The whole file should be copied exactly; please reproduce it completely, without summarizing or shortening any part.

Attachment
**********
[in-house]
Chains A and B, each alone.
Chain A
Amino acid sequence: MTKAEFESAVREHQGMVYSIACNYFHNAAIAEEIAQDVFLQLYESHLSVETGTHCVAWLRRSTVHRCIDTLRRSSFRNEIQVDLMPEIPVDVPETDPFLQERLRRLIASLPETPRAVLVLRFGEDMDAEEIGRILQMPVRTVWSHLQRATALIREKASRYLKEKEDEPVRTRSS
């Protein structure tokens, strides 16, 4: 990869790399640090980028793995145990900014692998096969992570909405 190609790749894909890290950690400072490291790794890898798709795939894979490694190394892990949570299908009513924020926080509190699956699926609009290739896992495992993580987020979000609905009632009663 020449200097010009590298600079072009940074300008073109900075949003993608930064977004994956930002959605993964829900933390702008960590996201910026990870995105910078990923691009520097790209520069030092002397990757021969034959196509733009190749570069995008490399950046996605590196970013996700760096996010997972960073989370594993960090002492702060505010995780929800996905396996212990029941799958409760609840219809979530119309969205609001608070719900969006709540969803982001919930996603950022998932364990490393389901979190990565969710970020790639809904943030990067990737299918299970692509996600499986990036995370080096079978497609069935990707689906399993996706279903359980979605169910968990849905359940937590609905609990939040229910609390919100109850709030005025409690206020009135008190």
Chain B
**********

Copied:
[in-house]
Chains A and B, each alone.
Chain A
Amino acid sequence: MTKAEFESAVREHQGMVYSIACNYFHNAAIAEEIAQDVFLQLYESHLSVETGTHCVAWLRRSTVHRCIDTLRRSSFRNEIQVDLMPEIPVDVPETDPFLQERLRRLIASLPETPRAVLVLRFGEDMDAEEIGRILQMPVRTVWSHLQRATALIREKASRYLKEKEDEPVRTRSS
């Protein structure tokens, strides 16, 4: 990869790399640090980028793995145990900014692998096969992570909405 190609790749894909890290950690400072490291790794890898798709795939894979490694190394892990949570299908009513924020926080509190699956699926609009290739896992495992993580987020979000609905009632009663 020449200097010009590298600079072009940074300008073109900075949003993608930064977004994956930002959605993964829900933390702008960590996201910026990870995105910078990923691009520097790209520069030092002397990757021969034959196509733009190749570069995008490399950046996605590196970013996700760096996010997972960073989370594993960090002492702060505010995780929800996905396996212990029941799958409760609840219809979530119309969205609001608070719900969006709540969803982001919930996603950022998932364990490393389901979190990565969710970020790639809904943030990067990737299918299970692509996600499986990036995370080096079978497609069935990707689906399993996706279903359980979605169910968990849905359940937590609905609990939040229910609390919100109850709030005025409690206020009135008190």
Chain B